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Sinn Fein leadership accused of collusion with British Government

August 19, 2013

Sinn Fein is at the centre of controversial new allegations which suggest the party’s leadership pressed the British Government not to apprehend leading Provos in south Armagh for fear of destabilising the IRA’s ceasefire.

The revelations were made by a former senior police officer who claimed that vital evidence in relation to the Omagh bomb atrocity may have been withheld from the original police investigation for fear of endangering the IRA ceasefire.  The former officer, who was one of the last detectives to investigate the Omagh bomb atrocity, alleged that Downing Street was warned by Sinn Féin that arresting suspects in south Armagh would destabilise the ceasefire and therefore made the decision not to release intelligence that could lead to arrests.

“The warning was given in the strongest terms,” former chief superintendent Norman Baxter told the Belfast Telegraph on the 15th anniversary of the Real IRA massacre last week.

“I would support a public inquiry into the decision-making process following this call and whether it led to evidence in the hands of the intelligence services being withheld from the police investigation” he added.

The 1998 Omagh bomb was the single worst terrorist atrocity of the Troubles, prompting widespread outrage at the killing of 29 people and unborn twins.

To date, no one has ever been successfully brought to justice in a criminal court for the atrocity. One man, Colm Murphy, was jailed in 2002 in the Republic of Ireland for the attack but his conviction was later overturned and he was acquitted during a retrial.

Another suspect, Sean Hoey was prosecuted in Northern Ireland but acquitted in 2007.

The only legal victory in the aftermath of the atrocity has been a civil case brought by families of the victims against four men – Michael McKevitt, Liam Campbell, Colm Murphy and Seamus Daly.  All four were held liable for the attack and the families were awarded £1.6m in damages, while the case against one man, Seamus McKenna, was dismissed. He died last month.

Former chief superintendent Baxter highlighted the findings of a 2008 BBC Panorama programme which revealed that a phone used by the Omagh bombers was being monitored by GCHQ, the UK’s electronic surveillance agency, with MI5 oversight.  Despite this, RUC and Garda detectives trawled through over 6 million numbers in an attempt to identify likely numbers used by the bombers in the attack, even though those numbers had already been identified by GCHQ.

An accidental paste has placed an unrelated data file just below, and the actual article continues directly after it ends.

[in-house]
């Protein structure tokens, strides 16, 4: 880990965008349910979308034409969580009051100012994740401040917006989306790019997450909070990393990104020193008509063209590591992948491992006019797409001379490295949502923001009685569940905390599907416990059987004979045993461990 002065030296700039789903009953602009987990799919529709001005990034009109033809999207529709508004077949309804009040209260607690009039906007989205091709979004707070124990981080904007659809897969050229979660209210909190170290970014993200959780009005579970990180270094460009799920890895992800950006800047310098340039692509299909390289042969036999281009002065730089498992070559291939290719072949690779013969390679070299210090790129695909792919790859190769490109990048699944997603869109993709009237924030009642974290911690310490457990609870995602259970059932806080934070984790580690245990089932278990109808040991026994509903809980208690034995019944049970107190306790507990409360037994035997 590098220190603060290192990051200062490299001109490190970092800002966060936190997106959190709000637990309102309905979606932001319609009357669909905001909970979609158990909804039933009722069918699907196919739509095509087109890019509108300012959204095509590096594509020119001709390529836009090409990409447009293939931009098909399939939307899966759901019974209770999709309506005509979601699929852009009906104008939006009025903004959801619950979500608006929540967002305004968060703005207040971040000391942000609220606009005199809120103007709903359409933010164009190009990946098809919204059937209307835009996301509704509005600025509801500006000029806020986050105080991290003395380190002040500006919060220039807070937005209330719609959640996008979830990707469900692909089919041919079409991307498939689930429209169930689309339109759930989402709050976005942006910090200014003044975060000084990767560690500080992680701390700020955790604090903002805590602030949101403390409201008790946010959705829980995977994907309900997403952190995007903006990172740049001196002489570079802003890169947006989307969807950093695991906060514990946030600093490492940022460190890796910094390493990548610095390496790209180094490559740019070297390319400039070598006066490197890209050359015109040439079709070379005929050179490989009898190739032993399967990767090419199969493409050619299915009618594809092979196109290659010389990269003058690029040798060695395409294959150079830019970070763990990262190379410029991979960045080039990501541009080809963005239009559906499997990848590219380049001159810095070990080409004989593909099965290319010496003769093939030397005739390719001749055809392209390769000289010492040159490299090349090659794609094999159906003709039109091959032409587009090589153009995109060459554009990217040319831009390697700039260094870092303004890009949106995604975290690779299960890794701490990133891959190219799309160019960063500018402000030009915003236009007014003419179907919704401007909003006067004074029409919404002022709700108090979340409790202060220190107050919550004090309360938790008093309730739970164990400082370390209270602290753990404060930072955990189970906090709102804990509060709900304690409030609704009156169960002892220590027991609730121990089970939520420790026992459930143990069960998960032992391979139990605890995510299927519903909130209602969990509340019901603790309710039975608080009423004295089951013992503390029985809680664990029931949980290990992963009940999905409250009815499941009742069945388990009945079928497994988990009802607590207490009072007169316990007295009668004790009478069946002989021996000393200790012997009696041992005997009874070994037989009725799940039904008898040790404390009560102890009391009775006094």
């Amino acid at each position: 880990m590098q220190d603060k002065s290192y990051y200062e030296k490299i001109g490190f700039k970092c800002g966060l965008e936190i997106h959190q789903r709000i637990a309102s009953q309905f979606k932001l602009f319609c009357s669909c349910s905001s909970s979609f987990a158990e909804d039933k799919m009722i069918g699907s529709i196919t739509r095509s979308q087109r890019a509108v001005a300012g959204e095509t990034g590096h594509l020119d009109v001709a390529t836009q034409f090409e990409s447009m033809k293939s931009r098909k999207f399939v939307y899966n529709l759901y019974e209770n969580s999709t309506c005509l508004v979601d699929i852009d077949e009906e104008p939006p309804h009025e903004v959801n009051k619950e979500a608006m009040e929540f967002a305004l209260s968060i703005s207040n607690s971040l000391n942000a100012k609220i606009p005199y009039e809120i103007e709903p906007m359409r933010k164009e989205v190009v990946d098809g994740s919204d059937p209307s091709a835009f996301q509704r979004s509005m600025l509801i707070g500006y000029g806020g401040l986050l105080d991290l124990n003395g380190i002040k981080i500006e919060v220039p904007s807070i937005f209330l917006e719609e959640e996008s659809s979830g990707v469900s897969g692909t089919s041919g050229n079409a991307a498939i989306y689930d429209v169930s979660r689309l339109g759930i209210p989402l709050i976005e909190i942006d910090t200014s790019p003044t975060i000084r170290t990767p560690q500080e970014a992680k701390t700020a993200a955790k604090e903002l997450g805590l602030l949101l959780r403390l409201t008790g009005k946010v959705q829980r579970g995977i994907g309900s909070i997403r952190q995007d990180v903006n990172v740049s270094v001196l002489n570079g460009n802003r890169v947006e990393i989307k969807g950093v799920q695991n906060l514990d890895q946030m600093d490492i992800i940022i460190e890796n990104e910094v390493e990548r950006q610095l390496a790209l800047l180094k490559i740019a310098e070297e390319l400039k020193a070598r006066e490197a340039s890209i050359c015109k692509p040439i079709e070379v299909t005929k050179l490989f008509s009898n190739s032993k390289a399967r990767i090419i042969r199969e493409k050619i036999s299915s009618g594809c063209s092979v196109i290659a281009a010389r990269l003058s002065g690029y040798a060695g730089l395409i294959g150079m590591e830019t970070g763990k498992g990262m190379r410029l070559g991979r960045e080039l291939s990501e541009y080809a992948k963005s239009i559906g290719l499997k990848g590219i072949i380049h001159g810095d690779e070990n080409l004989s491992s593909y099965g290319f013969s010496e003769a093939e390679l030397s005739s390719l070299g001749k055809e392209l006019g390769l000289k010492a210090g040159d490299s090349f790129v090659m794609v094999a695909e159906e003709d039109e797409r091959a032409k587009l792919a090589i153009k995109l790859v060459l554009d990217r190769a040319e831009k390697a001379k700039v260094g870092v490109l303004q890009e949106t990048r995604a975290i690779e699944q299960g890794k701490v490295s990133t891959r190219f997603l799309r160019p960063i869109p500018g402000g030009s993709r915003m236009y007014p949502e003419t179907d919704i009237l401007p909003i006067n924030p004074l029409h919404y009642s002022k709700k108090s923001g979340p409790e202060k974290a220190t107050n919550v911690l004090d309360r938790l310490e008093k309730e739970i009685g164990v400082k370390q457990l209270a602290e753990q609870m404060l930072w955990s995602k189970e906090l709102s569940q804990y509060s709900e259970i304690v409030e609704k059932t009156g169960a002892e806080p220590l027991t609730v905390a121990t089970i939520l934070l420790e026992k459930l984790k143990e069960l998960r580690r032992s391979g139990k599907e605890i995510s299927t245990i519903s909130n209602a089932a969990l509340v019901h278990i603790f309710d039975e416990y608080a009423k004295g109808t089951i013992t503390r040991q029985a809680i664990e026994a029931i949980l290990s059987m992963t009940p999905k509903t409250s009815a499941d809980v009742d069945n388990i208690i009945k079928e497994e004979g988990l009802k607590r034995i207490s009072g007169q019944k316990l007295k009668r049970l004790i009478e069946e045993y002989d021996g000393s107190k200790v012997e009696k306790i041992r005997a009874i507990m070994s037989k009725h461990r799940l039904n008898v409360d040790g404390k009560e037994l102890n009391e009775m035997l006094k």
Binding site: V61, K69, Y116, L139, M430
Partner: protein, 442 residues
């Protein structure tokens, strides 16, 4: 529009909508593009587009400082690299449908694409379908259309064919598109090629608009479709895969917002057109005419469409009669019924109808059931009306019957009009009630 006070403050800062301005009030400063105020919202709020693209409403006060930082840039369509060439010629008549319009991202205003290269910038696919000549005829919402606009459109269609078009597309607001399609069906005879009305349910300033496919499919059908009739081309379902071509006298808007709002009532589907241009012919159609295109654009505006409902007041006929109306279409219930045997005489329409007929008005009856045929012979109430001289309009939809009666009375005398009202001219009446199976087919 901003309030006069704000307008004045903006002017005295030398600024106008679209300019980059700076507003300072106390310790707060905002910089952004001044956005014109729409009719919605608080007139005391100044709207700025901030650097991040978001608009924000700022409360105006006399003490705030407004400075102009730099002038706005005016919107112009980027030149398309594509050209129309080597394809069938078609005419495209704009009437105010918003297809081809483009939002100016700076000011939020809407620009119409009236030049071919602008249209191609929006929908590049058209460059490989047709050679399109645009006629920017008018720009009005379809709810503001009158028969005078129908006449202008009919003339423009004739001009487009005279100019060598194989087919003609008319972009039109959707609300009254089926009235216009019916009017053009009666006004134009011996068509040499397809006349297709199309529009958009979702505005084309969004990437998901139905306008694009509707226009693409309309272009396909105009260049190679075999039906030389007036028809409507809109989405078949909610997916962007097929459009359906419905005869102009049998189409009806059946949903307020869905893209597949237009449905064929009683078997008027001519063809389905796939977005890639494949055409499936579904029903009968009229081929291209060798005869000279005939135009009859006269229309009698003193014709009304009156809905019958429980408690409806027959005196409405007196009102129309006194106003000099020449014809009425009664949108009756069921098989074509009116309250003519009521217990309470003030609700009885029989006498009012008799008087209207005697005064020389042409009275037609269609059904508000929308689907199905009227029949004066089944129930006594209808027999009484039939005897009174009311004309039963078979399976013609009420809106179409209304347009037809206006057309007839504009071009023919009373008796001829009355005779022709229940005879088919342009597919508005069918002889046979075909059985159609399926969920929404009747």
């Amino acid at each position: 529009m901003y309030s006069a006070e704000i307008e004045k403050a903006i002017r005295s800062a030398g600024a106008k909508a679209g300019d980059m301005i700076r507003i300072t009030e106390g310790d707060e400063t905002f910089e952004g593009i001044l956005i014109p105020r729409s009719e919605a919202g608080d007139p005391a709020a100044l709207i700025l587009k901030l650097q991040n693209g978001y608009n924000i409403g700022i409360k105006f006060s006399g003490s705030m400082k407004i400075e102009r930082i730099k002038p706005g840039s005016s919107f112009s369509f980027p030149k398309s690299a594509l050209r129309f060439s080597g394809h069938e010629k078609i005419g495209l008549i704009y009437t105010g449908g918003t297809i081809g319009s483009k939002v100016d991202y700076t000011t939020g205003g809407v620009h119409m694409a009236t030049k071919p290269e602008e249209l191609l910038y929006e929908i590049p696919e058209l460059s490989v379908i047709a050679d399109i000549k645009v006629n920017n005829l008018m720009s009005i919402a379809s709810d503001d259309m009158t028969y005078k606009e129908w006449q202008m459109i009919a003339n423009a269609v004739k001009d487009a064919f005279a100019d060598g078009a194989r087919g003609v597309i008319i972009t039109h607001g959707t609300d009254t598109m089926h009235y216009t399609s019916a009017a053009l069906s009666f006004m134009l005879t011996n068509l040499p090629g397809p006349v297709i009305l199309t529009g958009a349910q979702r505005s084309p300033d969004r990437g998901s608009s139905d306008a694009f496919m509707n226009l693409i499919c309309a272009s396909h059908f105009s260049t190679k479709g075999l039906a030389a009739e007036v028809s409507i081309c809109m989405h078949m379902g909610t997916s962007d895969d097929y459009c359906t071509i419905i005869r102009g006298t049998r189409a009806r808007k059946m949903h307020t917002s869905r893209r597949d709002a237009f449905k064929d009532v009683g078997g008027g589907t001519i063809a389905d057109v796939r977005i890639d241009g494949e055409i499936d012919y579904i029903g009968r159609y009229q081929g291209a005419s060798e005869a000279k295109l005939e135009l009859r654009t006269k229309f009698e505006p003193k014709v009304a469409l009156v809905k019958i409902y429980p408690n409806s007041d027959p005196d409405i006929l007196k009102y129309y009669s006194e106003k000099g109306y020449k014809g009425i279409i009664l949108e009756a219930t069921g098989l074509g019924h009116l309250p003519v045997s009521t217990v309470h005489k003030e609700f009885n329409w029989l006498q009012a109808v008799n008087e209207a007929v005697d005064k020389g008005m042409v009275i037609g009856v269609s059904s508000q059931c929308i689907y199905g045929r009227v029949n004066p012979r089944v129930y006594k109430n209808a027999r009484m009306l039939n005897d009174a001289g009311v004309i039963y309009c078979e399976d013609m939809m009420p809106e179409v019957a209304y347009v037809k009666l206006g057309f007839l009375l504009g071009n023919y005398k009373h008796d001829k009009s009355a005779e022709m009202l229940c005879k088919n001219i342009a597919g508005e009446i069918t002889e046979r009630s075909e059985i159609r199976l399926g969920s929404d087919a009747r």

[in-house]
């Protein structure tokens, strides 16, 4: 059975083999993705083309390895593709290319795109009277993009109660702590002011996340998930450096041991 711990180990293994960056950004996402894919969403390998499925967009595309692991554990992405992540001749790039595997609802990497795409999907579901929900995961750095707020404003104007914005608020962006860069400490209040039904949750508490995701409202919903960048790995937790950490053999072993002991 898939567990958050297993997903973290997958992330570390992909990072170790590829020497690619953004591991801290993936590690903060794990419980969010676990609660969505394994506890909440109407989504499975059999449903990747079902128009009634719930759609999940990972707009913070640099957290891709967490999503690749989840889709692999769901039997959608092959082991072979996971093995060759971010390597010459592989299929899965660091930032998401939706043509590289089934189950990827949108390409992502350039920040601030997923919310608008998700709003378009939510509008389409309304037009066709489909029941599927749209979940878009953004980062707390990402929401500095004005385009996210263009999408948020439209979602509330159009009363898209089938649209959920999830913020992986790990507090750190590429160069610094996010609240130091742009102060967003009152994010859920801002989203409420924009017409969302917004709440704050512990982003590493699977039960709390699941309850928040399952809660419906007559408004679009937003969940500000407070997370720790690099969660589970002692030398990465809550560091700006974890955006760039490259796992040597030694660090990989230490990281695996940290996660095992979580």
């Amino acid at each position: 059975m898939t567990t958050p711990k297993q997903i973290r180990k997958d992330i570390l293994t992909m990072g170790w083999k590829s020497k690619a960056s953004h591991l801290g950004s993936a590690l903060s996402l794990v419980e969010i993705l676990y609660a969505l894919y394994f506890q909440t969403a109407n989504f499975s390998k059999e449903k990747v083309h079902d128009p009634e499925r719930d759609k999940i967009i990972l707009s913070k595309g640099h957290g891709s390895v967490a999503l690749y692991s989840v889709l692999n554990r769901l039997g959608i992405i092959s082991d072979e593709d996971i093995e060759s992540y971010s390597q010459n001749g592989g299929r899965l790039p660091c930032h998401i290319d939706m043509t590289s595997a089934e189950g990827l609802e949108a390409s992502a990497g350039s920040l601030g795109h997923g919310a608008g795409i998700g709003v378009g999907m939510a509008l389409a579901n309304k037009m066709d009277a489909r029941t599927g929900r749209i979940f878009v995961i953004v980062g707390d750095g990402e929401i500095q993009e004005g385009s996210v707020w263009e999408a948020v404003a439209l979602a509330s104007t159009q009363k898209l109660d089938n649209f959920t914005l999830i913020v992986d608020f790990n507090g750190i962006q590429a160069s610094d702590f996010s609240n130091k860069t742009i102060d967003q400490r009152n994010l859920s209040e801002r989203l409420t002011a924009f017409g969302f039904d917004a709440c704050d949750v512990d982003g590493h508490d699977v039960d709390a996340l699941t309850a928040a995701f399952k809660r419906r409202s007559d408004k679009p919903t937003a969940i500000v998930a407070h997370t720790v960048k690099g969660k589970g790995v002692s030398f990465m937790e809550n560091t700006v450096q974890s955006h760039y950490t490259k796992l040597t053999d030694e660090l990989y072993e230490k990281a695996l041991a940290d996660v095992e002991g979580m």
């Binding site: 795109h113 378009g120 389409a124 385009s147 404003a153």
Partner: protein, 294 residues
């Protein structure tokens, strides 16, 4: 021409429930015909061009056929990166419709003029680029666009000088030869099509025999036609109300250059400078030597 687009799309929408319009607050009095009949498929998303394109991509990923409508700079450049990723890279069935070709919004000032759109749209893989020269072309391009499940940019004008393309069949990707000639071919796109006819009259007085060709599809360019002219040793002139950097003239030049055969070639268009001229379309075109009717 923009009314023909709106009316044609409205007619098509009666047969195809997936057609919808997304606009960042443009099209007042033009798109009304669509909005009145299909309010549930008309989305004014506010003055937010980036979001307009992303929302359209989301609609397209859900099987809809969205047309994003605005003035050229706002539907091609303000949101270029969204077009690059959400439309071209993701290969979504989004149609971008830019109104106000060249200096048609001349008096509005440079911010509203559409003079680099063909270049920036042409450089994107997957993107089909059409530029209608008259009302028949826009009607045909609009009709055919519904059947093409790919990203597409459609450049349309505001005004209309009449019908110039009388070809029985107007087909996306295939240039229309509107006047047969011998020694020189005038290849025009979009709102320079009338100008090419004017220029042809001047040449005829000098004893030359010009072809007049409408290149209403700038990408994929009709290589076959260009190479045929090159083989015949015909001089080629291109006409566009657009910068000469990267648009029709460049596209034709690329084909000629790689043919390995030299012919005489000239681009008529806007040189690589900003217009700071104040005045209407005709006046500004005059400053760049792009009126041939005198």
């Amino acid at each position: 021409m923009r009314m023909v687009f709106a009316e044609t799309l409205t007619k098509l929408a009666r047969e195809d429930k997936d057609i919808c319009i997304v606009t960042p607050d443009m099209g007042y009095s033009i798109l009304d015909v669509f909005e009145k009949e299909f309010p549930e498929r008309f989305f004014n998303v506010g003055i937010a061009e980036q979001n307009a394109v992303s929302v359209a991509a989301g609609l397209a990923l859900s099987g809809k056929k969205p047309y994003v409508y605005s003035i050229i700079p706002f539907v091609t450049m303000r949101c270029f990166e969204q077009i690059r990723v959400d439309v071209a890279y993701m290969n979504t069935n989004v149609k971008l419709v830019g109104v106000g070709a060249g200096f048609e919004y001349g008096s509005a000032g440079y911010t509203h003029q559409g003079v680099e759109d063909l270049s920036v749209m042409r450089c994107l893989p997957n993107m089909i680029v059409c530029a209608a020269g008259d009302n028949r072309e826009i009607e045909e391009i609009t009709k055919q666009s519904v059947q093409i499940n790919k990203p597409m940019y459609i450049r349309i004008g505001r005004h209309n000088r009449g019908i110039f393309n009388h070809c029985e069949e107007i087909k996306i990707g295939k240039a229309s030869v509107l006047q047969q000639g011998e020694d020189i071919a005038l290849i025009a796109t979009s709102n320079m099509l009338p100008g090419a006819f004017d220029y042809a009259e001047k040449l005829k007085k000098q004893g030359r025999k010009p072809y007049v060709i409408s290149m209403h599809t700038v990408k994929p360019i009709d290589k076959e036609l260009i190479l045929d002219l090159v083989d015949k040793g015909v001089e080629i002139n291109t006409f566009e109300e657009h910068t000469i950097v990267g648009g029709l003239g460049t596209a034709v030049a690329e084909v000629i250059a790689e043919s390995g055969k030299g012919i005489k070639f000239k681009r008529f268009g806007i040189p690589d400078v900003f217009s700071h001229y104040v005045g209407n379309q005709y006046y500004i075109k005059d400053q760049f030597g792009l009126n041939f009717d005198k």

Mr Baxter claims the reason this information was not handed over may have been due to a message from pro-peace process republicans to British officials on the morning after the bombing.

“On the Sunday (August 16, 1998) Sinn Fein people contacted representatives from Downing Street who were involved in the peace process.

“They advised them that if the green army, the British military, went into south Armagh to make arrests, the ceasefire would break. That was very strongly put,” said Mr Baxter.

Mr Baxter called for an enquiry to ascertain whether “following that contact, a decision was made not to release intelligence that would lead to arrests.”

SDLP Assembly Member for Newry and Armagh Dominic Bradley MLA expressed his concerns at the allegations of Sinn Fein’s collusion with the British Government and said both had “very serious questions to answer.”

“It is 15 years since Omagh was devastated by a vicious Real IRA bomb. It traumatised not only those who were directly affected, but their families and loved ones.  On the 15th anniversary of the bomb, this must be very distressing news for the families and all of those affected” said Mr Bradley,

“The victims of the Omagh atrocity need and deserve the truth about what happened and information about the gathering and sharing of intelligence material is vital. These new revelations make the case made by the Omagh families for an inquiry even more compelling.

“These latest revelations show that both the Sinn Féin Leadership and indeed the British Government at the highest levels have very serious questions to answer.  Just who was protecting who in this case?  We were all used to seeing  the hot house talks in Downing Street, but now we know what really went on between Sinn Féin and the British, they were protecting their own, meanwhile lives were still being lost on our streets.’

“If Sinn Féin told the British Government to back off on Omagh, did they tell them the same in relation to other murders; did they tell them to do the same for those who murdered Paul Quinn?

“These new allegations serve to strengthen the need for a realistic and practical inquiry in the Omagh bomb and its aftermath.  It is important not only for the families but to ensure that a similar tragedy can never happen again.”

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